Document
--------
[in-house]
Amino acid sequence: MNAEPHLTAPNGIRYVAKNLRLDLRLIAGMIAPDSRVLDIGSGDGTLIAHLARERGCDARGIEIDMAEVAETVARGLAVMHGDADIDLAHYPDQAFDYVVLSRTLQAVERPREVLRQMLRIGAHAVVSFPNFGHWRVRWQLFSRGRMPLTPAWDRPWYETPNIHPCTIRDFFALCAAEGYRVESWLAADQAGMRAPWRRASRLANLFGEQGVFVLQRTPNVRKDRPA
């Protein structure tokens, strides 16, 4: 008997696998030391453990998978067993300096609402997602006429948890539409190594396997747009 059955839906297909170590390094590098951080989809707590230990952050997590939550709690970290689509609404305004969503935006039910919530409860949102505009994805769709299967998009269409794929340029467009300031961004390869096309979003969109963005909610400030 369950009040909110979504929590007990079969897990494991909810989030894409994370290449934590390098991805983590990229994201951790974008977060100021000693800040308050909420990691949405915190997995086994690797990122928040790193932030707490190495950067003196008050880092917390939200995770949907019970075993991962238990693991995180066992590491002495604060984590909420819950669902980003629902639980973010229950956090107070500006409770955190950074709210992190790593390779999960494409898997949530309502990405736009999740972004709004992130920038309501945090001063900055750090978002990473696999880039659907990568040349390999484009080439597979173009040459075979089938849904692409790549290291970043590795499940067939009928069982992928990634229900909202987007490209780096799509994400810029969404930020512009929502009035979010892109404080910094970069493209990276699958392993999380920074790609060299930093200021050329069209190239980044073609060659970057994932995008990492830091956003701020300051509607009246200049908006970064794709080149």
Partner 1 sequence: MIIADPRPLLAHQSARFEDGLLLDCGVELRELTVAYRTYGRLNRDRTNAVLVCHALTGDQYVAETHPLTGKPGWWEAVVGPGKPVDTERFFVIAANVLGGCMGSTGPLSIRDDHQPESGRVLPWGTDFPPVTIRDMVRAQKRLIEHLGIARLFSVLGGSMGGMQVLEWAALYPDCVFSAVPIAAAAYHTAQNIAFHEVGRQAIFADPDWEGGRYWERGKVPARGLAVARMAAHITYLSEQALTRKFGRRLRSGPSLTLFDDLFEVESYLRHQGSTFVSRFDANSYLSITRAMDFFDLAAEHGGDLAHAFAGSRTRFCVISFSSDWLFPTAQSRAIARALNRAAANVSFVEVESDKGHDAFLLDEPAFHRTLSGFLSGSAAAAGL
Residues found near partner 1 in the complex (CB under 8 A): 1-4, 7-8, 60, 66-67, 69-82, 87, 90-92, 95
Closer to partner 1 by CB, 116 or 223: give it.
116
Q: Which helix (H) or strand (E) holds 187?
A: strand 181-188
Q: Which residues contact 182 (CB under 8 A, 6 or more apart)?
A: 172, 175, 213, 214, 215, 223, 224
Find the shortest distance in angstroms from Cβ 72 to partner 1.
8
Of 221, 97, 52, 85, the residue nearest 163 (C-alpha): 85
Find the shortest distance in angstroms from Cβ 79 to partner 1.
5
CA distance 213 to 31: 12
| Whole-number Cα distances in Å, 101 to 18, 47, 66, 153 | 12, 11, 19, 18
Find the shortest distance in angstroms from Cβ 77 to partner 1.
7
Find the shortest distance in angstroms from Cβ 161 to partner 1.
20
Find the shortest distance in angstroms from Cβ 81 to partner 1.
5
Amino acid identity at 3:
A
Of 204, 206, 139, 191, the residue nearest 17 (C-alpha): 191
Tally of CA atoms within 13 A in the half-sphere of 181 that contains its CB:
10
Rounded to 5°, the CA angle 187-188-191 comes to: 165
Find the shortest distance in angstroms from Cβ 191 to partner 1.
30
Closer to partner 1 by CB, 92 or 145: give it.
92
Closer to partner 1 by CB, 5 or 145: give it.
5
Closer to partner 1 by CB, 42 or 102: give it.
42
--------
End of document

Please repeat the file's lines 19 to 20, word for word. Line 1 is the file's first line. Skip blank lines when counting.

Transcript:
Find the shortest distance in angstroms from Cβ 77 to partner 1.
7